If the government thinks a ban serves a compelling public interest, it should use tax dollars to compensate the seller.
Anti-Chinese rhetoric has been a staple among federal politicians for several years. Now, more and more state officials are joining in. Recently, Mississippi State Representative Becky Currie and America First Policy Institute fellow Steve Yates argued that bans on Chinese ownership of agricultural land are needed to protect America’s interests. Though presented as patriotic, these laws are un-American and largely unnecessary.
The recent spy-balloon fiasco was just the latest example of the souring relationship between the United States and China. The Chinese government’s unwillingness to adequately explain the balloon, along with intellectual property theft from American companies, human rights violations, and its aggressiveness towards Taiwan have made it a target of government officials from both parties.
China’s actions are concerning, but it is easy to go too far in response. State laws that ban all Chinese ownership of agricultural land are an example of unwarranted government overreach.
According to the latest data from the U.S. Department of Agriculture, foreign entities hold an interest in around 40 million acres of U.S. agricultural land. This sounds like a lot, but it is only 3% of all privately held agricultural land. The largest foreign landholders are Canada, the Netherlands, Italy, and the United Kingdom. China is a tiny player, holding less than 1% of foreign-held acres. China does not own nearly enough land to threaten our security.
Of course, supporters say we need these laws to prevent China from buying enough land to pose a threat. But what threat? Supporters are not clear, but perhaps they worry China will let land sit fallow to reduce our food supply? This is unlikely, as China relies heavily on the U.S. as a source of food. China is also much poorer than America on a per-person basis, so it cannot afford the higher food prices that come with letting productive land go to waste.
If Chinese firms buy U.S. land, grow food on it, and ship it to China, the only thing that would change is who owns the land. The trade dynamics will remain the same—China will import food from U.S. soil because it needs it.
The most convincing argument for restricting land sales to China is for national security reasons. In a recent speech in Washington D.C., South Dakota Governor Kristi Noem said she was concerned the Chinese government may buy land near Ellsworth Air Force Base where the Air Force keeps one of two B-1B Lancer strategic bomber wings. Owning land in proximity to the base could allow China to gather intelligence on flight patterns or equipment. This is a legitimate concern, but one that could be mitigated without a complete ban on land purchases.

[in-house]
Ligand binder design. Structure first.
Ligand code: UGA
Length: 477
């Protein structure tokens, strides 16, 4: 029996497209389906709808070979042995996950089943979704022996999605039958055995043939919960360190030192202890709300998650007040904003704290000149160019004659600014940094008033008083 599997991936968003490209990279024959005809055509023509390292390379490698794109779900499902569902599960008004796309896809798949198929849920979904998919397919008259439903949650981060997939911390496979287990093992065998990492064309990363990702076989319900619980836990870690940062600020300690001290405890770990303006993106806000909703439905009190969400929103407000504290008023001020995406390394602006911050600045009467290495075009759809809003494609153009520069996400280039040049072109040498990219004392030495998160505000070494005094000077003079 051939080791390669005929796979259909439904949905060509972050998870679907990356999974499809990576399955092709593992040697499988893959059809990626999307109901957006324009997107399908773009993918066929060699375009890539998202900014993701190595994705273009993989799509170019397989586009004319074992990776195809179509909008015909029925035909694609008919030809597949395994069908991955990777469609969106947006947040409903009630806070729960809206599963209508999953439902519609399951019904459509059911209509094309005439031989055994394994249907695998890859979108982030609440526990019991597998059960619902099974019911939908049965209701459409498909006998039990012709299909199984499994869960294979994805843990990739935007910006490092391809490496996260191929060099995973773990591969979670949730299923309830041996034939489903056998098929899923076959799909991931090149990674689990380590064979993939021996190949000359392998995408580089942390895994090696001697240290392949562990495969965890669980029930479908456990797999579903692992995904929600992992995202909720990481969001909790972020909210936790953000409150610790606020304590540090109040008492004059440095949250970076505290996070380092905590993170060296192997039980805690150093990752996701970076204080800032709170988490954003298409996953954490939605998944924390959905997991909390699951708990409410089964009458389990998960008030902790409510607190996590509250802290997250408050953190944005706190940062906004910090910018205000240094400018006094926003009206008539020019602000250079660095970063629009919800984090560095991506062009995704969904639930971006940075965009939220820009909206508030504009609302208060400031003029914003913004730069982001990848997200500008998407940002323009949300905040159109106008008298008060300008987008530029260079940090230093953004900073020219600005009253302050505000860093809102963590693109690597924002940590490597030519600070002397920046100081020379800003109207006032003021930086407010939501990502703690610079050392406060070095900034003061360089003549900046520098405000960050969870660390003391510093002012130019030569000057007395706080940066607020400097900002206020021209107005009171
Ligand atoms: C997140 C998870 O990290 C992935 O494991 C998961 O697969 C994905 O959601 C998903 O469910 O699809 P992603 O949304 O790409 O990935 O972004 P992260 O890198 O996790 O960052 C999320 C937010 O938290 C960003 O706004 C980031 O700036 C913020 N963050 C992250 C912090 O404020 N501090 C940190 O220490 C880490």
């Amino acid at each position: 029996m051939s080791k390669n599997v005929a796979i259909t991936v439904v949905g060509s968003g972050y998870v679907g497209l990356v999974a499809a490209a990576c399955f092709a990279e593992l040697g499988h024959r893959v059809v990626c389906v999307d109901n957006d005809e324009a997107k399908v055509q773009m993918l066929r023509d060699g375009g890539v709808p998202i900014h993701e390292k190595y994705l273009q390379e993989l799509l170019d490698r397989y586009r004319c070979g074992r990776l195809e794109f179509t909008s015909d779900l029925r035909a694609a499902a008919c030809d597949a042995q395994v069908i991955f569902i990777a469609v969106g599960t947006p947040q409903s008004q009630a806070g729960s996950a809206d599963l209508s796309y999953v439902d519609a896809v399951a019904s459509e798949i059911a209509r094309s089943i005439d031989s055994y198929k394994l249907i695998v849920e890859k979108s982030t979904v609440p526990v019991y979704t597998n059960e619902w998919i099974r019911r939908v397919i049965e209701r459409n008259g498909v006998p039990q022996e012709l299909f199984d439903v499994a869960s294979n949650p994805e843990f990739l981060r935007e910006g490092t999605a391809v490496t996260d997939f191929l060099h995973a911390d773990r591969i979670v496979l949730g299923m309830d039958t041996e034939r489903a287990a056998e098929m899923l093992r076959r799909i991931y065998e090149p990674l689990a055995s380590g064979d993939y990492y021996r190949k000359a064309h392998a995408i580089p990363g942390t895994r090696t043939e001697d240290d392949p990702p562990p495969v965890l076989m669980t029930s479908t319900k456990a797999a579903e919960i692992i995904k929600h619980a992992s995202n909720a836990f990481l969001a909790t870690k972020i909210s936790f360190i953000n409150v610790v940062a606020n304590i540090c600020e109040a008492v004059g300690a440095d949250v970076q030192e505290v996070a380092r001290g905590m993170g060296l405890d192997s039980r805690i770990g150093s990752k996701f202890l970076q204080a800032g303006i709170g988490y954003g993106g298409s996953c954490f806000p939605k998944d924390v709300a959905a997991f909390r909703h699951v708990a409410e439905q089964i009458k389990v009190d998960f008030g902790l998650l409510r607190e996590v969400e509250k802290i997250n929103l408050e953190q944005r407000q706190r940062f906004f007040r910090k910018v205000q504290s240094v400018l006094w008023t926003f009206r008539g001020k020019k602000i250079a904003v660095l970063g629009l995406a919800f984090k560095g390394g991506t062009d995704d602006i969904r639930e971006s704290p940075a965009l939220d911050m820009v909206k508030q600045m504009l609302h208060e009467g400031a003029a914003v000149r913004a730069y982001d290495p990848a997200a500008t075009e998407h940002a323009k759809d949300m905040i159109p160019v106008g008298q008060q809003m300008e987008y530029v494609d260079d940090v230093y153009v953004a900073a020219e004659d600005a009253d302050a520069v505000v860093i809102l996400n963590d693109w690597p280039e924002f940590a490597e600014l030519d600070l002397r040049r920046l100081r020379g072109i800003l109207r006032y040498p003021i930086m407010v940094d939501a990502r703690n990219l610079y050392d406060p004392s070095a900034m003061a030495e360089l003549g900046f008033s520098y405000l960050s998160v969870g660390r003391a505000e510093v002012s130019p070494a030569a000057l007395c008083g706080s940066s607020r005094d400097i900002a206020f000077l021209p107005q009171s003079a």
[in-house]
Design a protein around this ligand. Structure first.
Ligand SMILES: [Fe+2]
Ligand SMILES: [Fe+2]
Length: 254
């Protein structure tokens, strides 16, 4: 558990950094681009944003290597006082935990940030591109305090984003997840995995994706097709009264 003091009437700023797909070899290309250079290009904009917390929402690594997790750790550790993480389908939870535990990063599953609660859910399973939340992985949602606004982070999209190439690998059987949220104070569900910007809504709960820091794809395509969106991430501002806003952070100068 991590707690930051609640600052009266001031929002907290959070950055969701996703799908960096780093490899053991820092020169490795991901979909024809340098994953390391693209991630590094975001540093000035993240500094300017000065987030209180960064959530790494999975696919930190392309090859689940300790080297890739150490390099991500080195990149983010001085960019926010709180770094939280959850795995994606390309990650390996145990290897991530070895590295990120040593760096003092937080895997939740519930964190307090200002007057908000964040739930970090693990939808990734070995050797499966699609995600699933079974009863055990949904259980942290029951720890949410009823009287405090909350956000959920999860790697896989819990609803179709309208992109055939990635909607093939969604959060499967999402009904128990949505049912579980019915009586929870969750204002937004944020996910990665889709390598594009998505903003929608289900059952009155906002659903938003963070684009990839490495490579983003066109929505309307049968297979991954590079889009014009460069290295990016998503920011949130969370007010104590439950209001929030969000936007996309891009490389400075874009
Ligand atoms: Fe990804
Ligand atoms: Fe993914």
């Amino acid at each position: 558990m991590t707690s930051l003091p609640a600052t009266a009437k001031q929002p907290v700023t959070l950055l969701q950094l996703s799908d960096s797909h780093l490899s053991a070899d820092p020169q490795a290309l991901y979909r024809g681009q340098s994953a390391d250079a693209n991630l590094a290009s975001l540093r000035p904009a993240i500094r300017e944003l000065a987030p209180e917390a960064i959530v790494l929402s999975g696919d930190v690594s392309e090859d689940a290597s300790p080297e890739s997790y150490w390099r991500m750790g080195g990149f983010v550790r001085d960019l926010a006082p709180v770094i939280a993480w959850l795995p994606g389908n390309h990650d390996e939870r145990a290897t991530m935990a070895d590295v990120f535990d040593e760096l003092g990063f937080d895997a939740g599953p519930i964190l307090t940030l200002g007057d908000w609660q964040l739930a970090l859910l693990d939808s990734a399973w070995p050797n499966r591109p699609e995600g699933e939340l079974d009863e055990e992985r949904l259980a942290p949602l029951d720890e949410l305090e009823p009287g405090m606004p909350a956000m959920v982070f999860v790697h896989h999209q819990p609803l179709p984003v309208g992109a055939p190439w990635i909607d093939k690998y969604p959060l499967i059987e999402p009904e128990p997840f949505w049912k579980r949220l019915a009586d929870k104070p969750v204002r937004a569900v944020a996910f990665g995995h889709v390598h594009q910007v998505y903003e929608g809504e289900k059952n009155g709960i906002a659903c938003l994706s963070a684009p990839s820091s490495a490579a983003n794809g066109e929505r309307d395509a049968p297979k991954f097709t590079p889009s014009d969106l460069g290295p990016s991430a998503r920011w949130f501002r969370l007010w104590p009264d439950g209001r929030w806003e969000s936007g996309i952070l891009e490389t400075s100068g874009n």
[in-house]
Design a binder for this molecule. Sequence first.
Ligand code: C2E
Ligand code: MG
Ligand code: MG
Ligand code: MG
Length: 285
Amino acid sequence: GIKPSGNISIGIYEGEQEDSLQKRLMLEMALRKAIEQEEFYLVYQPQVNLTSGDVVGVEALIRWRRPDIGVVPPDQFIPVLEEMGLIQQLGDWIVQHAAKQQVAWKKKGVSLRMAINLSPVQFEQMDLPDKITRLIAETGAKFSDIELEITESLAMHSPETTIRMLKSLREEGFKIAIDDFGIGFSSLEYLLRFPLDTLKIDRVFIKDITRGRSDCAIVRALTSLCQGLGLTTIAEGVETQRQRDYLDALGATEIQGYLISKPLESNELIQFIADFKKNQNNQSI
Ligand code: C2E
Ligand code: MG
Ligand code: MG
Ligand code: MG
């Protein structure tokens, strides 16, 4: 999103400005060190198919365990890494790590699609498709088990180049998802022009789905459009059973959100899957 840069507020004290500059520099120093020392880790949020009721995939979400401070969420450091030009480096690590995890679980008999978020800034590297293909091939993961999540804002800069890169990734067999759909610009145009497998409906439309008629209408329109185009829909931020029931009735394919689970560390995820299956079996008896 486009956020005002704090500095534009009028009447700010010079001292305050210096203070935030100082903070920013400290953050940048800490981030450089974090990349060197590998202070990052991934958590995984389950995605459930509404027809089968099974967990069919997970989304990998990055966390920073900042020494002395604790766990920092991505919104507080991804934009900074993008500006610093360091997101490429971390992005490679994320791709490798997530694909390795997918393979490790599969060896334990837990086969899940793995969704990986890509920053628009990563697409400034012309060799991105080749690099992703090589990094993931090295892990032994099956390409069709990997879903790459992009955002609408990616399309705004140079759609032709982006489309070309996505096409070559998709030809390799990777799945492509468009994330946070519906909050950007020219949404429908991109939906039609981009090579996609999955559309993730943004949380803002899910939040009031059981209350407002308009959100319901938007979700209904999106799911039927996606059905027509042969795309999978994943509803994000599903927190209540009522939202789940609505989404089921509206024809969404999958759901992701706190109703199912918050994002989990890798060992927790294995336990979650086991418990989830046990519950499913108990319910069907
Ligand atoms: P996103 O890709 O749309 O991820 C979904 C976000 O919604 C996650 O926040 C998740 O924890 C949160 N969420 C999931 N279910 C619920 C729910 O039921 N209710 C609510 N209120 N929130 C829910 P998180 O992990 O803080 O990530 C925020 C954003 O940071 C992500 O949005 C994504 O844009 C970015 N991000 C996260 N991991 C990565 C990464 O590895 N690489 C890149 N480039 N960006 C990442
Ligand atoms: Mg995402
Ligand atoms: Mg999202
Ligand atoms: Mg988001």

First, any state government entity created to review potential land sales should be strictly advisory. At the same D.C. event, Governor Noem argued that preventing China from buying American land was the patriotic thing to do. While some may not agree with Governor Noem’s idea of patriotism, there are probably many farmers, ranchers, and other landowners who do. If a state government entity were to conduct research on potential sales and share its findings with landowners, at least some would voluntarily choose to forgo sales that might undermine U.S. security. This would reduce the need for heavy-handed bans.
In cases where a recommendation to stop a sale is not enough, states could insist they get the first chance to buy any strategically important land. This could take a few different forms. The state could choose to match the highest non-state bidder. After buying the land, the state could use it or resell it to a buyer it deems more friendly to U.S. interests.
Alternatively, the state could ask the landowner to sell her land to the highest-bidding, state-approved buyer, with the state making up the difference between the highest bid and the state’s favored bid. For example, if a Chinese national offered $1 million for 100 acres and a U.S. citizen offered $900,000 for the same 100 acres, the state could ask the seller to sell to the U.S. citizen with the state contributing the additional $100,000 to make the seller whole.
Both these solutions ensure the holders of agricultural land get the land’s full value while also preventing bad actors from obtaining it.
More importantly, these options protect the individual property rights that are fundamental to America’s economic success. The 5th amendment forbids government from taking private land for public use without just compensation. Every time a state law prevents land from going to the highest bidder because the state dislikes the potential buyer’s nationality, a taking occurs. If the government thinks a ban serves a compelling public interest, it should use tax dollars to compensate the seller.
Unfortunately, lawmakers and the courts have disregarded regulatory takings for decades. But past errors are not an excuse for continued malfeasance. Legislators should not further trample on the 5th amendment with additional laws that reduce the value of U.S. citizens’ property without just compensation.
Banning the sale of agricultural land to the Chinese government or its citizens is a bad solution to a real but fairly small problem. We do not want the Chinese government to spy on us, but we can protect strategically important land without a ban on all sales. States that currently lack bans should keep it that way, and states with bans should reconsider.